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There are still very few robots to be found in commercial buildings, but it’s an environment they can have a real future in if they focus on occupant comfort and behaviour. Philippe Conus, director of the VINCI Facilities brand, explains.

© Gorodenkof

Are robots starting to carve out a place for themselves in businesses?

Ph.C. Robots haven’t yet become commonplace in working environments. Far from it. The most “advanced” businesses are probably cleaning service providers that operate in industrial settings, primarily in highly standardised spatial configurations that present few obstacles to robot movement. I’m thinking of warehouses in particular. What few applications do exist in service businesses are usually part of pilot schemes.

Why is that?

Ph.C. The development of robotics in commercial environments is closely linked to the opportunities offered by artificial intelligence (AI) and its specific applications aimed at occupant comfort. Our expertise covers some of these applications, which are used under real conditions in a number of buildings. These include real-time analysis and modulation of air quality or of noise and light levels; early optimisation of space based on occupancy; optimal provision of communication tools and off-site travel management. And they go right through to “empathic buildings”, which inform each occupant of the best way to use space and equipment depending on their personal profile. If robots are not seen first and foremost as a means to improve wellbeing and facilitate experiences, then they have no future. It’s not a question of getting rid of duties, still less jobs, but about delivering real added value in terms of service. Robot deployment is therefore based both on AI innovation and on accurate monitoring of pilot schemes.

“It’s not a question of getting rid of duties, still less jobs, but about delivering real added value in terms of service”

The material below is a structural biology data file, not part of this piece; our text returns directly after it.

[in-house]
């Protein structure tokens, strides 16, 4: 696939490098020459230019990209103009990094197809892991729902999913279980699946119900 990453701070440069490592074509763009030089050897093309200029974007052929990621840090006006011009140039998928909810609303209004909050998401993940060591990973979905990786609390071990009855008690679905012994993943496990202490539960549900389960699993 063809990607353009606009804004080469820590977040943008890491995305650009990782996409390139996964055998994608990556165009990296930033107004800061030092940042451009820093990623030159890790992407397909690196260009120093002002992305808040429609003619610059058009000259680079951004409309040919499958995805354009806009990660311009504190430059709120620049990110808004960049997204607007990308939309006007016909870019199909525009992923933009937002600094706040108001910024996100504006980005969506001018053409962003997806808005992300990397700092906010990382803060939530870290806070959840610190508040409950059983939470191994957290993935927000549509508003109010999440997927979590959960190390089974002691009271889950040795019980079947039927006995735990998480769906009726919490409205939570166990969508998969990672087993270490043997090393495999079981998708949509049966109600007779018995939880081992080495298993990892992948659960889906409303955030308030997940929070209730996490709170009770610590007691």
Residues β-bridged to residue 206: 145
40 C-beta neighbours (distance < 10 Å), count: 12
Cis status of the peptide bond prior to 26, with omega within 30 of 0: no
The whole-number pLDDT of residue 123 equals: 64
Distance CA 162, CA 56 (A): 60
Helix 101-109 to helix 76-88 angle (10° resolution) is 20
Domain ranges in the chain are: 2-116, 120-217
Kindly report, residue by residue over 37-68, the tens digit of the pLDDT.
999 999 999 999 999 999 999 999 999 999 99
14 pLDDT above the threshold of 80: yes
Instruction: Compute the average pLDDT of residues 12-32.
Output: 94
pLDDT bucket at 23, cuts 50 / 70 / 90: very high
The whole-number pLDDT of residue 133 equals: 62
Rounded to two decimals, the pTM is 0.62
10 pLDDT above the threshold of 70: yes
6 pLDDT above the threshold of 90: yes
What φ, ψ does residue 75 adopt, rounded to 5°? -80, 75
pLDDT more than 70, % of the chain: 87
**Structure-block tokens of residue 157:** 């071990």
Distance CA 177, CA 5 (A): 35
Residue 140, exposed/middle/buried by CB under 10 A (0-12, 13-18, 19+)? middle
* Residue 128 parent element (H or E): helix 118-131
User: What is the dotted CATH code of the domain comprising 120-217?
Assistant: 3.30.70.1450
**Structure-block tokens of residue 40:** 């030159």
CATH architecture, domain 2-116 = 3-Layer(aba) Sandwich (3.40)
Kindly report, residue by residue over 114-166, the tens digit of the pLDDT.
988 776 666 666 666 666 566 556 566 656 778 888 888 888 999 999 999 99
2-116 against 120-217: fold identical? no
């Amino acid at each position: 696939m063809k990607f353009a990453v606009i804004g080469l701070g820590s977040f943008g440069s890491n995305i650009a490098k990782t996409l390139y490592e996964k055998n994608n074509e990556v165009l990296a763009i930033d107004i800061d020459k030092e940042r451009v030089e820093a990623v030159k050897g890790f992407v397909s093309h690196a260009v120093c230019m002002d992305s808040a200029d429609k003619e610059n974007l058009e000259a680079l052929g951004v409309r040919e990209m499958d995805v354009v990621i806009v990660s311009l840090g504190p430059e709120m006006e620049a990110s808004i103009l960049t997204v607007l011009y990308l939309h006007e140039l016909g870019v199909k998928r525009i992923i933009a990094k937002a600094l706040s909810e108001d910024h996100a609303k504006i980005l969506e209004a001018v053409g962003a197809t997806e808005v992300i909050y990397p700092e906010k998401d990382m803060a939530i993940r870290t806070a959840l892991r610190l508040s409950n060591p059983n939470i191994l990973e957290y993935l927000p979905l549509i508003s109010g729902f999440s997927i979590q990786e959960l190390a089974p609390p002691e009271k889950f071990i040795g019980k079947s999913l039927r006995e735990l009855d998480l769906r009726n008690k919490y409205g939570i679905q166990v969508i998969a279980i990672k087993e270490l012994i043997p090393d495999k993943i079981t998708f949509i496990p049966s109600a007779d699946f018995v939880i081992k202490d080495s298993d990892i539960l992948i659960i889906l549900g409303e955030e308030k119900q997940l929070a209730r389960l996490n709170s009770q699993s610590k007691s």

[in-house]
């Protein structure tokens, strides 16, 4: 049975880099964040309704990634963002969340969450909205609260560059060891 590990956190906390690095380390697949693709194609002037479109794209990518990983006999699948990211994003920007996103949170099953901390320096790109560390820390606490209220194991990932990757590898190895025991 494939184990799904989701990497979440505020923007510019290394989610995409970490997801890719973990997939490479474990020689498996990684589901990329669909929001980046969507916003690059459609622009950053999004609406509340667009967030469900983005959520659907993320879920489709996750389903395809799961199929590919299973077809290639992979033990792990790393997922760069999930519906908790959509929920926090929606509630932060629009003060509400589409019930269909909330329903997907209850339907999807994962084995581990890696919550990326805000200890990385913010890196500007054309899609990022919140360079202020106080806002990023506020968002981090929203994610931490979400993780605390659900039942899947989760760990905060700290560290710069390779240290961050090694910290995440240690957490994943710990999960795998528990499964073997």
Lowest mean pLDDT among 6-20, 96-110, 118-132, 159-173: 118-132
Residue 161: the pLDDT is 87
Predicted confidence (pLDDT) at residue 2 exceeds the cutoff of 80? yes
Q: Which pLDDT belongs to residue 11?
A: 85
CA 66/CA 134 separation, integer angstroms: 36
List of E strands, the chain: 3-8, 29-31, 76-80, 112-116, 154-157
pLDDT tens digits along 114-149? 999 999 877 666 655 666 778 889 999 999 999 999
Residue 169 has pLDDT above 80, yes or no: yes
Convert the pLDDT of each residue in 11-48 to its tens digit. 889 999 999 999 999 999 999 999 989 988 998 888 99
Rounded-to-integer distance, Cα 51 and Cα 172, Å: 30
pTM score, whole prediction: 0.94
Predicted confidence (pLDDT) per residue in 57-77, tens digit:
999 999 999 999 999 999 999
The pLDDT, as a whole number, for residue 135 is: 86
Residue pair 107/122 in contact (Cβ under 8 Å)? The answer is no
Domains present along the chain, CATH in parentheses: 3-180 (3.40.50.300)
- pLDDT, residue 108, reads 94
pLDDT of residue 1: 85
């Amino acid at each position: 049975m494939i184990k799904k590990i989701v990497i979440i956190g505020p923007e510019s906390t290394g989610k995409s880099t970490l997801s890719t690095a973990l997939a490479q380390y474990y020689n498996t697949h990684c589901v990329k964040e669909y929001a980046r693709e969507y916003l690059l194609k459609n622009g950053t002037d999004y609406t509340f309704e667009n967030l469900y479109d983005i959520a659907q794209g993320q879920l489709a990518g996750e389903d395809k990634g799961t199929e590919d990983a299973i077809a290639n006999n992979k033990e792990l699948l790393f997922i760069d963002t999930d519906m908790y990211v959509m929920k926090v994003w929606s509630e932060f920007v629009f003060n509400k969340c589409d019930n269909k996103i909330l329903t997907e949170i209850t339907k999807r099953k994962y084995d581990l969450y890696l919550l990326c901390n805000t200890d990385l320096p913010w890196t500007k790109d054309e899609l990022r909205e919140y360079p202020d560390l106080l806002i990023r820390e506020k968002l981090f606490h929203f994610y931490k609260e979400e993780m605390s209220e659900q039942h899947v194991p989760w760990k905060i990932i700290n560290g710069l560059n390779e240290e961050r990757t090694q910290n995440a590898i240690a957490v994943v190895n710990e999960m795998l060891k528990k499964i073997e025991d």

Which applications are you working on?

Ph.C. We will shortly be testing “robots as a service” on fairly low value-added repetitive tasks, such as visitor guidance. Here again, the aim is to enhance the human dimension. By entrusting intelligent machines with guidance tasks, receptionists can focus on delivering quality service without any break in continuity. Furthermore, the beauty of robots is that they can perform a variety of tasks. When they’re not being used as a guide, they can also be given technical administrative duties: headcounts, inventories, and detection of inappropriate objects on the premises and lighting faults. And of course they can send alerts.

In what way can robotics benefit from artificial intelligence?

Ph.C. The more information robots have, the more they will be able to refine the service they provide. That’s why it’s important to work in parallel not just on data analysis but also on intelligence. For example, VINCI Facilities has created a mega-tool to visualise and manage data from all of its central applications (BMS, BIM, CMMS, IoT, and our client portal Wayin’) in real time. The next step, scheduled for 2018, is to add a layer of artificial intelligence that will make it possible – using recurrence, calculation and trend analysis – to send increasingly accurate alerts to the right place, and to refine and personalise the way we respond to end clients while at the same time optimising technician call-outs.


Key figures

+17%. Expected growth in robotics market between now and 2019, reaching a total value of $135.4 billion.
30%. The proportion of commercial service robotic applications that will be distributed “as a service” in 2019.
30%. The proportion of leading organisations that will implement a chief robotics officer role within the next two years.
60%. The proportion of robots that will depend on cloud-based software by 2020,
40% connected to a mesh of shared intelligence 
Sources: IDC